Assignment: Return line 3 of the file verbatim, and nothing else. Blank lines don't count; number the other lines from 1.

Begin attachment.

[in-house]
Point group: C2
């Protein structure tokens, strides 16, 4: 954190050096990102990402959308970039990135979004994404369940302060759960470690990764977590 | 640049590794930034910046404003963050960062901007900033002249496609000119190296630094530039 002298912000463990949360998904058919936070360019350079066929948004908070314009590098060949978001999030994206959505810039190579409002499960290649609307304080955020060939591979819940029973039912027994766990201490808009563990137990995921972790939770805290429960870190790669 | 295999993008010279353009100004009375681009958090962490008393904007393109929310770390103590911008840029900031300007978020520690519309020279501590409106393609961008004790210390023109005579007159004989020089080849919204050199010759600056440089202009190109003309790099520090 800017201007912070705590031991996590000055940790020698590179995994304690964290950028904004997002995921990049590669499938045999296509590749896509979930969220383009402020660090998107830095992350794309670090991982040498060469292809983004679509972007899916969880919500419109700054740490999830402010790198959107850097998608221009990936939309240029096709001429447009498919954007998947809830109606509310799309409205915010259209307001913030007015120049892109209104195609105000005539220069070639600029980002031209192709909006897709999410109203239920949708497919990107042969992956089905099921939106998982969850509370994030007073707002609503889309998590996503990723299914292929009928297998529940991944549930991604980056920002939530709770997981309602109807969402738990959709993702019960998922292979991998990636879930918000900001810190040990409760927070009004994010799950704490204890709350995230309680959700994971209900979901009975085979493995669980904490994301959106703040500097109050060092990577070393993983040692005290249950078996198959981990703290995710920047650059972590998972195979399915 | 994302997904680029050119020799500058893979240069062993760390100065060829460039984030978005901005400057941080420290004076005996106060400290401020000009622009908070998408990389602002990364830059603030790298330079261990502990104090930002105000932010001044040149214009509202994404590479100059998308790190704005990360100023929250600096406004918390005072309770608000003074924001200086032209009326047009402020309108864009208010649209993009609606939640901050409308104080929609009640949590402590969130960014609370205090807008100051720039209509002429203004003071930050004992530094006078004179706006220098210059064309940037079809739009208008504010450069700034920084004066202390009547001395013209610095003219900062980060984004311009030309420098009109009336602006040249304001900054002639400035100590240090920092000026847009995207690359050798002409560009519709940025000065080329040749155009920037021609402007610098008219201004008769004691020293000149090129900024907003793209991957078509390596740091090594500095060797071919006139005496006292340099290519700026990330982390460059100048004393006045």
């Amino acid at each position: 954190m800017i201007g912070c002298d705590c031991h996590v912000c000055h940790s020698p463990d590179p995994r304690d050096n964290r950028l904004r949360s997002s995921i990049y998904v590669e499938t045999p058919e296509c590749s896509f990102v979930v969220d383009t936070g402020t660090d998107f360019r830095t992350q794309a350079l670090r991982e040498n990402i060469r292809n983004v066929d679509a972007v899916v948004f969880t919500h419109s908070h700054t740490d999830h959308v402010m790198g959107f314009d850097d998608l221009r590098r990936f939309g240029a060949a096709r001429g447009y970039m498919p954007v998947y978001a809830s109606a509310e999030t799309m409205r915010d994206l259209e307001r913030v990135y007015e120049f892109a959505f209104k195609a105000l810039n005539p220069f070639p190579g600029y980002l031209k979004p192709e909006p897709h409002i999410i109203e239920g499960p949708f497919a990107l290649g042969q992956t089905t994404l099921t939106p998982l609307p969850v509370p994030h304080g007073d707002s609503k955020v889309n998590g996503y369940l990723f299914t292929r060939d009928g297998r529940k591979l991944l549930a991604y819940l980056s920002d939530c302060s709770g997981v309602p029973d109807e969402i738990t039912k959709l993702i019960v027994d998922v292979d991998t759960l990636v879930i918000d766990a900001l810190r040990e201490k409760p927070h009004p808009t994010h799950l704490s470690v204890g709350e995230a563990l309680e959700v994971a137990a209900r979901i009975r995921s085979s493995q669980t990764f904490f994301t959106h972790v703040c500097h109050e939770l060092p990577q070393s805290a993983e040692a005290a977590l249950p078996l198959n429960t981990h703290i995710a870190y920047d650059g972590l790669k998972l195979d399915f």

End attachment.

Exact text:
């Protein structure tokens, strides 16, 4: 954190050096990102990402959308970039990135979004994404369940302060759960470690990764977590 | 640049590794930034910046404003963050960062901007900033002249496609000119190296630094530039 002298912000463990949360998904058919936070360019350079066929948004908070314009590098060949978001999030994206959505810039190579409002499960290649609307304080955020060939591979819940029973039912027994766990201490808009563990137990995921972790939770805290429960870190790669 | 295999993008010279353009100004009375681009958090962490008393904007393109929310770390103590911008840029900031300007978020520690519309020279501590409106393609961008004790210390023109005579007159004989020089080849919204050199010759600056440089202009190109003309790099520090 800017201007912070705590031991996590000055940790020698590179995994304690964290950028904004997002995921990049590669499938045999296509590749896509979930969220383009402020660090998107830095992350794309670090991982040498060469292809983004679509972007899916969880919500419109700054740490999830402010790198959107850097998608221009990936939309240029096709001429447009498919954007998947809830109606509310799309409205915010259209307001913030007015120049892109209104195609105000005539220069070639600029980002031209192709909006897709999410109203239920949708497919990107042969992956089905099921939106998982969850509370994030007073707002609503889309998590996503990723299914292929009928297998529940991944549930991604980056920002939530709770997981309602109807969402738990959709993702019960998922292979991998990636879930918000900001810190040990409760927070009004994010799950704490204890709350995230309680959700994971209900979901009975085979493995669980904490994301959106703040500097109050060092990577070393993983040692005290249950078996198959981990703290995710920047650059972590998972195979399915 | 994302997904680029050119020799500058893979240069062993760390100065060829460039984030978005901005400057941080420290004076005996106060400290401020000009622009908070998408990389602002990364830059603030790298330079261990502990104090930002105000932010001044040149214009509202994404590479100059998308790190704005990360100023929250600096406004918390005072309770608000003074924001200086032209009326047009402020309108864009208010649209993009609606939640901050409308104080929609009640949590402590969130960014609370205090807008100051720039209509002429203004003071930050004992530094006078004179706006220098210059064309940037079809739009208008504010450069700034920084004066202390009547001395013209610095003219900062980060984004311009030309420098009109009336602006040249304001900054002639400035100590240090920092000026847009995207690359050798002409560009519709940025000065080329040749155009920037021609402007610098008219201004008769004691020293000149090129900024907003793209991957078509390596740091090594500095060797071919006139005496006292340099290519700026990330982390460059100048004393006045």